More pre-season predictions of a very active Atlantic hurricane season

By: Dr. Jeff Masters , 3:02 PM GMT on July 12, 2010

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Hello again, it's Jeff Masters back again after a week away. Well, the past week was a wicked hot time to be in New England, where I was vacationing, and I certainly didn't expect to see 98° temperatures in Maine like I experienced! Fortunately, it's not hard to find cold water to plunge into in New England. Thankfully, the tropics were relatively quiet during my week away, and remain so today. There are no threat areas in the Atlantic to discuss at present, and none of the reliable computer models is forecasting tropical cyclone development over the next seven days. The NOGAPS model does show a strong tropical disturbance developing near the waters offshore of Nicaragua and Honduras this weekend, though. With not much to discuss in the present-day tropics, let's take a look at more pre-season predictions of the coming Atlantic hurricane season.

2010 Atlantic hurricane season forecast from Penn State
Dr. Michael Mann and graduate student Michael Kozar of Penn State University (PSU) issued their 2010 Atlantic hurricane season forecast on May 28. Their forecast utilizes a statistical model to predict storm counts, based on historical activity. Their model is predicting 19 to 28 named storms in the Atlantic, with a best estimate of 23 storms. The forecast assumes that record warm SSTs will continue in the Atlantic Main Development Region for hurricanes. Dr. Mann has issued two previous forecasts, in 2007 and 2009. The 2007 forecast was perfect--15 storms were predicted, and 15 storms occurred. The 2009 forecast called for 11.5 named storms, and 9 occurred (the 2009 forecast also contained the caveat that if a strong El Niño event occurred, only 9.5 named storms were expected; a strong El Niño did indeed occur.) So, the 2009 forecast also did well.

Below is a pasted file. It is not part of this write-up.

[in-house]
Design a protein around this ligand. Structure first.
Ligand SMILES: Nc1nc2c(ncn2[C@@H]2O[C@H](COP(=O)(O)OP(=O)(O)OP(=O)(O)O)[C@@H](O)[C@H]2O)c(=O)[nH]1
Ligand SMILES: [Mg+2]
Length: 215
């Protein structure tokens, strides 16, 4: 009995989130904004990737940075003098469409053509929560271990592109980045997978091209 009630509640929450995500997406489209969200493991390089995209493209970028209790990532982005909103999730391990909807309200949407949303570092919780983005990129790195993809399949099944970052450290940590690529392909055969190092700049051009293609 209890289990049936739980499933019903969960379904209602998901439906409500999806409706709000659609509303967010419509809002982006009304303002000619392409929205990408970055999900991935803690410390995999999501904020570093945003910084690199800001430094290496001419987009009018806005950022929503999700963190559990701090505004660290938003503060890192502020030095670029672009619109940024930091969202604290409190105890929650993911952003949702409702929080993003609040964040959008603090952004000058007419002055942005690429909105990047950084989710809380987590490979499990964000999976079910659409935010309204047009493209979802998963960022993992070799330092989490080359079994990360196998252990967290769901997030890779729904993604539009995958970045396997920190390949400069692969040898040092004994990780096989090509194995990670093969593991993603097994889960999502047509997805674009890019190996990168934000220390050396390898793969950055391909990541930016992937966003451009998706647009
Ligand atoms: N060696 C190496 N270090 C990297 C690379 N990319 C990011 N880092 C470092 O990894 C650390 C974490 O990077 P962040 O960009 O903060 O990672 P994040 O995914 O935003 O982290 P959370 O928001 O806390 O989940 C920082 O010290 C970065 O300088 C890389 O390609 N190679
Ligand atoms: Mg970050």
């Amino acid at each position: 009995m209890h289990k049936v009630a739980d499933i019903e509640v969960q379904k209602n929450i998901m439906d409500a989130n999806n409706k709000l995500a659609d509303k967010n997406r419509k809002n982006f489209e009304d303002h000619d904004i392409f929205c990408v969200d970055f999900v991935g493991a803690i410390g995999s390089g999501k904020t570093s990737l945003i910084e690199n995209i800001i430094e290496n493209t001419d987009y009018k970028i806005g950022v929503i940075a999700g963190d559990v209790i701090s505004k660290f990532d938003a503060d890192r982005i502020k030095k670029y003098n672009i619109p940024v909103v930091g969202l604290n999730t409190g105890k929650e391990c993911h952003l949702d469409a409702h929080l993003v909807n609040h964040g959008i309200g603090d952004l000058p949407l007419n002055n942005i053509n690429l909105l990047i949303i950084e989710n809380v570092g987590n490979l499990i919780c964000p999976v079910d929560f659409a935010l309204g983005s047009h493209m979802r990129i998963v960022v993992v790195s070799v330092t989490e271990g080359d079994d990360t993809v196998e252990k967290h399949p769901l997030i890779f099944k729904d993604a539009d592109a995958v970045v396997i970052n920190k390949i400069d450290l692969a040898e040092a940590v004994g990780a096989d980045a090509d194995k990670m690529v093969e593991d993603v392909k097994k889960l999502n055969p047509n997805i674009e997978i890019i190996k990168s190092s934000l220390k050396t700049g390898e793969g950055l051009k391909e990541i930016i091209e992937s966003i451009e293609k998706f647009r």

2010 Atlantic hurricane season forecast from the UK GloSea model
A major new player in the seasonal Atlantic hurricane season forecast game is here--the UK Met Office, which issued its first Atlantic hurricane season forecast in 2007. The UK Met Office is the United Kingdom's version of our National Weather Service. Their 2010 Atlantic hurricane season forecast calls for 20 named storms, with a 70% chance the number will range between 13 and 27. They predict an ACE index of 204, which is about double the average ACE index.

I have high hopes for the UK Met Office forecast, since it is based on a promising new method--running a dynamical computer model of the global atmosphere-ocean system. The CSU forecast from Phil Klotzbach is based on statistical patterns of hurricane activity observed from past years. These statistical techniques do not work very well when the atmosphere behaves in ways it has not behaved in the past. The UK Met Office forecast avoids this problem by using a global computer forecast model--the GloSea model (short for GLObal SEAsonal model). GloSea is based on the HadGEM3 model--one of the leading climate models used to formulate the influential UN Intergovernmental Panel on Climate Change (IPCC) report. GloSea subdivides the atmosphere into a 3-dimensional grid 0.86° in longitude, 0.56° in latitude (about 62 km), and up to 85 levels in the vertical. This atmospheric model is coupled to an ocean model of even higher resolution. The initial state of the atmosphere and ocean as of June 1, 2010 were fed into the model, and the mathematical equations governing the motions of the atmosphere and ocean were solved at each grid point every few minutes, progressing out in time until the end of November (yes, this takes a colossal amount of computer power!) It's well-known that slight errors in specifying the initial state of the atmosphere can cause large errors in the forecast. This "sensitivity to initial conditions" is taken into account by making many model runs, each with a slight variation in the starting conditions which reflect the uncertainty in the initial state. This generates an "ensemble" of forecasts and the final forecast is created by analyzing all the member forecasts of this ensemble. Forty-two ensemble members were generated for this year's UK Met Office forecast. The researchers counted how many tropical storms formed during the six months the model ran to arrive at their forecast of twenty named storms for the remainder of this hurricane season. Of course, the exact timing and location of these twenty storms are bound to differ from what the model predicts, since one cannot make accurate forecasts of this nature so far in advance.